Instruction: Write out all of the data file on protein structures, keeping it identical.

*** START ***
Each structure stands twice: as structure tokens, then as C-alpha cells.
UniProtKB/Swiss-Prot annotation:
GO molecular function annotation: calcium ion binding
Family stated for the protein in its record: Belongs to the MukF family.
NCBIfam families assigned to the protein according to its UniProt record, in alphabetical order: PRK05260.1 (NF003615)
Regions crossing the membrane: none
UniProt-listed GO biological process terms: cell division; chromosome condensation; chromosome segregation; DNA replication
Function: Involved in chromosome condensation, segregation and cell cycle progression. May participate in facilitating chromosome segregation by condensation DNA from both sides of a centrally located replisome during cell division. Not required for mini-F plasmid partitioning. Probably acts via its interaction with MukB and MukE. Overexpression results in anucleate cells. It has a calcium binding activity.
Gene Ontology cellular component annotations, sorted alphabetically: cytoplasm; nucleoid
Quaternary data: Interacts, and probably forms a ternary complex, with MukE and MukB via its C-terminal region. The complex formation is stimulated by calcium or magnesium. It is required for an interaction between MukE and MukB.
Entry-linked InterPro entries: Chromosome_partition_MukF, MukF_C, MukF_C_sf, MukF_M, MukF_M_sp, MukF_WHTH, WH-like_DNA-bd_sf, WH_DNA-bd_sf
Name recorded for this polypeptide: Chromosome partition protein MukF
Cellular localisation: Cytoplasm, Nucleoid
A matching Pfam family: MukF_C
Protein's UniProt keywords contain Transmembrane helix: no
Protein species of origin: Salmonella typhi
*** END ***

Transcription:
Each structure stands twice: as structure tokens, then as C-alpha cells.
UniProtKB/Swiss-Prot annotation:
GO molecular function annotation: calcium ion binding
Family stated for the protein in its record: Belongs to the MukF family.
NCBIfam families assigned to the protein according to its UniProt record, in alphabetical order: PRK05260.1 (NF003615)
Regions crossing the membrane: none
UniProt-listed GO biological process terms: cell division; chromosome condensation; chromosome segregation; DNA replication
Function: Involved in chromosome condensation, segregation and cell cycle progression. May participate in facilitating chromosome segregation by condensation DNA from both sides of a centrally located replisome during cell division. Not required for mini-F plasmid partitioning. Probably acts via its interaction with MukB and MukE. Overexpression results in anucleate cells. It has a calcium binding activity.
Gene Ontology cellular component annotations, sorted alphabetically: cytoplasm; nucleoid
Quaternary data: Interacts, and probably forms a ternary complex, with MukE and MukB via its C-terminal region. The complex formation is stimulated by calcium or magnesium. It is required for an interaction between MukE and MukB.
Entry-linked InterPro entries: Chromosome_partition_MukF, MukF_C, MukF_C_sf, MukF_M, MukF_M_sp, MukF_WHTH, WH-like_DNA-bd_sf, WH_DNA-bd_sf
Name recorded for this polypeptide: Chromosome partition protein MukF
Cellular localisation: Cytoplasm, Nucleoid
A matching Pfam family: MukF_C
Protein's UniProt keywords contain Transmembrane helix: no
Protein species of origin: Salmonella typhi